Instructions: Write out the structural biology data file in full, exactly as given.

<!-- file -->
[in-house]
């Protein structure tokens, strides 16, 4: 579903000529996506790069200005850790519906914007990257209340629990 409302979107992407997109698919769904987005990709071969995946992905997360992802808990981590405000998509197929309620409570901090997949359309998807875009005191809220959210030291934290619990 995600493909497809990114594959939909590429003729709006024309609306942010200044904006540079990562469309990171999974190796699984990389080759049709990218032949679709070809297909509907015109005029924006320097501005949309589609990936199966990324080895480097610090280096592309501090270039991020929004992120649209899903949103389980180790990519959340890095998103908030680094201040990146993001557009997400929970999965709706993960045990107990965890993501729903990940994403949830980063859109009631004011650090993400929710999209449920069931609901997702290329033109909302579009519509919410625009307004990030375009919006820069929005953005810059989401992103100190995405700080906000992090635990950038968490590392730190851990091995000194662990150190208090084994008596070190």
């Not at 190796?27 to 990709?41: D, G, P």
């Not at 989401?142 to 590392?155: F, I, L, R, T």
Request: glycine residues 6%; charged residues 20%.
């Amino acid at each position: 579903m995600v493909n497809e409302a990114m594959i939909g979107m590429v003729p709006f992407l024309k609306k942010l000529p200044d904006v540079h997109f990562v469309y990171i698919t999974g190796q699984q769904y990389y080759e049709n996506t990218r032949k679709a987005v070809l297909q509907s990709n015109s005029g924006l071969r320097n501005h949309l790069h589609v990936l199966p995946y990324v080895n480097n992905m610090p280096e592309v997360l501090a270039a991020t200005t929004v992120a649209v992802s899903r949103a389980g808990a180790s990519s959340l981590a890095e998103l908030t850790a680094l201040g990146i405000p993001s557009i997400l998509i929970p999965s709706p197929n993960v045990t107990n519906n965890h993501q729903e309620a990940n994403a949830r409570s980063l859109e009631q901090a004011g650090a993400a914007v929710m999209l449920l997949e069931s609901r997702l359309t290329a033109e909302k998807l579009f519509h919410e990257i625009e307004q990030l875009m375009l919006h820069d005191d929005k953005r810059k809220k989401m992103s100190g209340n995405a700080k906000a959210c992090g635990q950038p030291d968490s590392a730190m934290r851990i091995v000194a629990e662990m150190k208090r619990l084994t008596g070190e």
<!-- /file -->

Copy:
[in-house]
């Protein structure tokens, strides 16, 4: 579903000529996506790069200005850790519906914007990257209340629990 409302979107992407997109698919769904987005990709071969995946992905997360992802808990981590405000998509197929309620409570901090997949359309998807875009005191809220959210030291934290619990 995600493909497809990114594959939909590429003729709006024309609306942010200044904006540079990562469309990171999974190796699984990389080759049709990218032949679709070809297909509907015109005029924006320097501005949309589609990936199966990324080895480097610090280096592309501090270039991020929004992120649209899903949103389980180790990519959340890095998103908030680094201040990146993001557009997400929970999965709706993960045990107990965890993501729903990940994403949830980063859109009631004011650090993400929710999209449920069931609901997702290329033109909302579009519509919410625009307004990030375009919006820069929005953005810059989401992103100190995405700080906000992090635990950038968490590392730190851990091995000194662990150190208090084994008596070190």
């Not at 190796?27 to 990709?41: D, G, P």
């Not at 989401?142 to 590392?155: F, I, L, R, T």
Request: glycine residues 6%; charged residues 20%.
């Amino acid at each position: 579903m995600v493909n497809e409302a990114m594959i939909g979107m590429v003729p709006f992407l024309k609306k942010l000529p200044d904006v540079h997109f990562v469309y990171i698919t999974g190796q699984q769904y990389y080759e049709n996506t990218r032949k679709a987005v070809l297909q509907s990709n015109s005029g924006l071969r320097n501005h949309l790069h589609v990936l199966p995946y990324v080895n480097n992905m610090p280096e592309v997360l501090a270039a991020t200005t929004v992120a649209v992802s899903r949103a389980g808990a180790s990519s959340l981590a890095e998103l908030t850790a680094l201040g990146i405000p993001s557009i997400l998509i929970p999965s709706p197929n993960v045990t107990n519906n965890h993501q729903e309620a990940n994403a949830r409570s980063l859109e009631q901090a004011g650090a993400a914007v929710m999209l449920l997949e069931s609901r997702l359309t290329a033109e909302k998807l579009f519509h919410e990257i625009e307004q990030l875009m375009l919006h820069d005191d929005k953005r810059k809220k989401m992103s100190g209340n995405a700080k906000a959210c992090g635990q950038p030291d968490s590392a730190m934290r851990i091995v000194a629990e662990m150190k208090r619990l084994t008596g070190e």